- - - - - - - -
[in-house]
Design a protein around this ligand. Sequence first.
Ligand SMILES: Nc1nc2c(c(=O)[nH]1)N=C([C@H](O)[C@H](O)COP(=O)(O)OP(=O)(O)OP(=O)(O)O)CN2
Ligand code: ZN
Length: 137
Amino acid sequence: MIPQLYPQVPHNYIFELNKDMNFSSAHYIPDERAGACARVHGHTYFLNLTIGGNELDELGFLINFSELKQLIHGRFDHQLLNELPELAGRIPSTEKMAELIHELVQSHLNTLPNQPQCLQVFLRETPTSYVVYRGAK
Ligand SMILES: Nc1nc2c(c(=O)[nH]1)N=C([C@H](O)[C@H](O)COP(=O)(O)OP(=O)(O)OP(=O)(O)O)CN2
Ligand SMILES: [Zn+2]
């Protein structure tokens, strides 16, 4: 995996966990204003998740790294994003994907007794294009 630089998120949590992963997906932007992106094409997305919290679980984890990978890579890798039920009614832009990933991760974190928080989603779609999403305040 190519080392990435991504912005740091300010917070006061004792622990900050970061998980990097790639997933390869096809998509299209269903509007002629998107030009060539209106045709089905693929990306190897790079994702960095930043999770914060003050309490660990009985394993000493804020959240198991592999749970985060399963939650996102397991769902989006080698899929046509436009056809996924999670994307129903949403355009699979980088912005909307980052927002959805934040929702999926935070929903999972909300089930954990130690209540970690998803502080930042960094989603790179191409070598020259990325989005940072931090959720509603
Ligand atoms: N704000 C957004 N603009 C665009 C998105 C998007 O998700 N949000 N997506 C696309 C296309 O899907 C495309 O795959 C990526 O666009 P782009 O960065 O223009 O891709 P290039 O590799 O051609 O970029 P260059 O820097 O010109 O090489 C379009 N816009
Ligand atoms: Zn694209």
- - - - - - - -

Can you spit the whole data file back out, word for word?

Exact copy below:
[in-house]
Design a protein around this ligand. Sequence first.
Ligand SMILES: Nc1nc2c(c(=O)[nH]1)N=C([C@H](O)[C@H](O)COP(=O)(O)OP(=O)(O)OP(=O)(O)O)CN2
Ligand code: ZN
Length: 137
Amino acid sequence: MIPQLYPQVPHNYIFELNKDMNFSSAHYIPDERAGACARVHGHTYFLNLTIGGNELDELGFLINFSELKQLIHGRFDHQLLNELPELAGRIPSTEKMAELIHELVQSHLNTLPNQPQCLQVFLRETPTSYVVYRGAK
Ligand SMILES: Nc1nc2c(c(=O)[nH]1)N=C([C@H](O)[C@H](O)COP(=O)(O)OP(=O)(O)OP(=O)(O)O)CN2
Ligand SMILES: [Zn+2]
């Protein structure tokens, strides 16, 4: 995996966990204003998740790294994003994907007794294009 630089998120949590992963997906932007992106094409997305919290679980984890990978890579890798039920009614832009990933991760974190928080989603779609999403305040 190519080392990435991504912005740091300010917070006061004792622990900050970061998980990097790639997933390869096809998509299209269903509007002629998107030009060539209106045709089905693929990306190897790079994702960095930043999770914060003050309490660990009985394993000493804020959240198991592999749970985060399963939650996102397991769902989006080698899929046509436009056809996924999670994307129903949403355009699979980088912005909307980052927002959805934040929702999926935070929903999972909300089930954990130690209540970690998803502080930042960094989603790179191409070598020259990325989005940072931090959720509603
Ligand atoms: N704000 C957004 N603009 C665009 C998105 C998007 O998700 N949000 N997506 C696309 C296309 O899907 C495309 O795959 C990526 O666009 P782009 O960065 O223009 O891709 P290039 O590799 O051609 O970029 P260059 O820097 O010109 O090489 C379009 N816009
Ligand atoms: Zn694209």